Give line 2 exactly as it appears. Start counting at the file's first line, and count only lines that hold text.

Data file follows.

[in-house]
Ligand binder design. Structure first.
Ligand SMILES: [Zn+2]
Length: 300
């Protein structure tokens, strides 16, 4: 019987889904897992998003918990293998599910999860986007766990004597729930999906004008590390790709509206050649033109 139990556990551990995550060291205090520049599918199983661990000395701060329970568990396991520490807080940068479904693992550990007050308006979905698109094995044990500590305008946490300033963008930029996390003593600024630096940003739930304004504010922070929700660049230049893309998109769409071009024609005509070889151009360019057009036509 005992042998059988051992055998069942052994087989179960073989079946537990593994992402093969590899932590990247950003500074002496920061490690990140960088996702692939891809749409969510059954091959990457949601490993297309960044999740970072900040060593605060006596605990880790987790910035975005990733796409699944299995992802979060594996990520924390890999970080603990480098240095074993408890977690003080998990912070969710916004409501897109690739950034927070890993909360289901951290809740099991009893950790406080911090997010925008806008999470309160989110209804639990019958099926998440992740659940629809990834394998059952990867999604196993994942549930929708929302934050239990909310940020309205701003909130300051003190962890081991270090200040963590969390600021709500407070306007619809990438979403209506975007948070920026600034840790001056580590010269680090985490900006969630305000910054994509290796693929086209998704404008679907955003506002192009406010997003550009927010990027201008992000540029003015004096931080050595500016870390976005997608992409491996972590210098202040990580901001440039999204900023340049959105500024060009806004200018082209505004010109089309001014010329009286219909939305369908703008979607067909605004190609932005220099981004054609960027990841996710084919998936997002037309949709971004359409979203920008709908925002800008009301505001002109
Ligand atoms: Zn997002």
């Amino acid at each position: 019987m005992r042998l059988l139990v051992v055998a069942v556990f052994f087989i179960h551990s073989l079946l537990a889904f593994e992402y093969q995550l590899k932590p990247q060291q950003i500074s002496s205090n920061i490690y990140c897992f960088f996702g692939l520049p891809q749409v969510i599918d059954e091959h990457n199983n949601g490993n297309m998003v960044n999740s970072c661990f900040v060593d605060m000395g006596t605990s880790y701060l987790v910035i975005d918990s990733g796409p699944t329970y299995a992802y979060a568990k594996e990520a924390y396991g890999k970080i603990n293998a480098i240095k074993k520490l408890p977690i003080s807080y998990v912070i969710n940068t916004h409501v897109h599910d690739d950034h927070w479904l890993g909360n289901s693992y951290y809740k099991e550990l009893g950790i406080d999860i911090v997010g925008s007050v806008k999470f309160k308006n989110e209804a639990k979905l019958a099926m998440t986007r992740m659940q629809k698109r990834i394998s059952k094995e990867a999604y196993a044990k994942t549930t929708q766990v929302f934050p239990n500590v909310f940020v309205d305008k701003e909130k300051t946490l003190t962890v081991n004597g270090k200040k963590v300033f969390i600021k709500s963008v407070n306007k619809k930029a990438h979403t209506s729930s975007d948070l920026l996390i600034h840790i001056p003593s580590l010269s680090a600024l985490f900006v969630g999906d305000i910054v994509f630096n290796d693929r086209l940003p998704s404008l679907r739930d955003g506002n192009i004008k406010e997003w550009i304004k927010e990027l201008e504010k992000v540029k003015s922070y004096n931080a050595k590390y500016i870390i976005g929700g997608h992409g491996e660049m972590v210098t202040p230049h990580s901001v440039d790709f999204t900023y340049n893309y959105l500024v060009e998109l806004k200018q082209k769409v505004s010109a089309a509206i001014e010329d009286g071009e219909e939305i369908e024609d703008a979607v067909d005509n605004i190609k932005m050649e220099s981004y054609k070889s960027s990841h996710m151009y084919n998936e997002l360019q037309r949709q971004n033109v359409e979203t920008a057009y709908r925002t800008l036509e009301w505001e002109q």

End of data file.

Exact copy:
Ligand binder design. Structure first.